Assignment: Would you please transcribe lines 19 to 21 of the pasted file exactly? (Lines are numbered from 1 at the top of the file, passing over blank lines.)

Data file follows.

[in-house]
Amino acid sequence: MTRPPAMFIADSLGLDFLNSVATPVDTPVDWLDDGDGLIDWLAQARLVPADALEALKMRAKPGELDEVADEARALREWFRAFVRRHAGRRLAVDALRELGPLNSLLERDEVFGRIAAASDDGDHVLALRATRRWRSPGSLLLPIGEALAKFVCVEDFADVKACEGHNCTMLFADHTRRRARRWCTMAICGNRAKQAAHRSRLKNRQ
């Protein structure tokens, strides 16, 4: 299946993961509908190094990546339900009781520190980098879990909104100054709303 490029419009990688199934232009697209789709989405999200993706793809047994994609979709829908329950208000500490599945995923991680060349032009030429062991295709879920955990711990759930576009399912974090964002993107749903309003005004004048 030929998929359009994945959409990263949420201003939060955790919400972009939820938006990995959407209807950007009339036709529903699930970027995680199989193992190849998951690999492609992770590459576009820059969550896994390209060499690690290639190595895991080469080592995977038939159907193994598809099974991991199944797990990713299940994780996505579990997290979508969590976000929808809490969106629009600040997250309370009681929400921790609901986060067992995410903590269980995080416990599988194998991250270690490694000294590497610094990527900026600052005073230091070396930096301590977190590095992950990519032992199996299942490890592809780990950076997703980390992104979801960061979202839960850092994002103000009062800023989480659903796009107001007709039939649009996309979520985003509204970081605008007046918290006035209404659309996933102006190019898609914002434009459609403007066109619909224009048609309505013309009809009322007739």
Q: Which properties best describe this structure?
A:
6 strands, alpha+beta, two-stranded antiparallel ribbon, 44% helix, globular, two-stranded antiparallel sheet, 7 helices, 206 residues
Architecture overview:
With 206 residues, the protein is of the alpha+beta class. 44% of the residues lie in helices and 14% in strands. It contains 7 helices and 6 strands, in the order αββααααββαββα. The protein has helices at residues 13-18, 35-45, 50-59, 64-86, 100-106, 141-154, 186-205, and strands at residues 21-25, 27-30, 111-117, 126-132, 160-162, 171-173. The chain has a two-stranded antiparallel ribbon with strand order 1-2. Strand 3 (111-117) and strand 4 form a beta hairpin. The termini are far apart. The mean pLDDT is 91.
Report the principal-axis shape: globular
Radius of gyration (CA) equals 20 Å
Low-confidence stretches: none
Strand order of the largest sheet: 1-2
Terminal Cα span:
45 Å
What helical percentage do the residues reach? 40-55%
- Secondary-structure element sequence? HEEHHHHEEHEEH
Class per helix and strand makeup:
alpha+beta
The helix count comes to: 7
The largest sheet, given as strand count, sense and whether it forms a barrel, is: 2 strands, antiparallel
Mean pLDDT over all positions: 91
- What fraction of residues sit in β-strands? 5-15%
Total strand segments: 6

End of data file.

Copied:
The helix count comes to: 7
The largest sheet, given as strand count, sense and whether it forms a barrel, is: 2 strands, antiparallel
Mean pLDDT over all positions: 91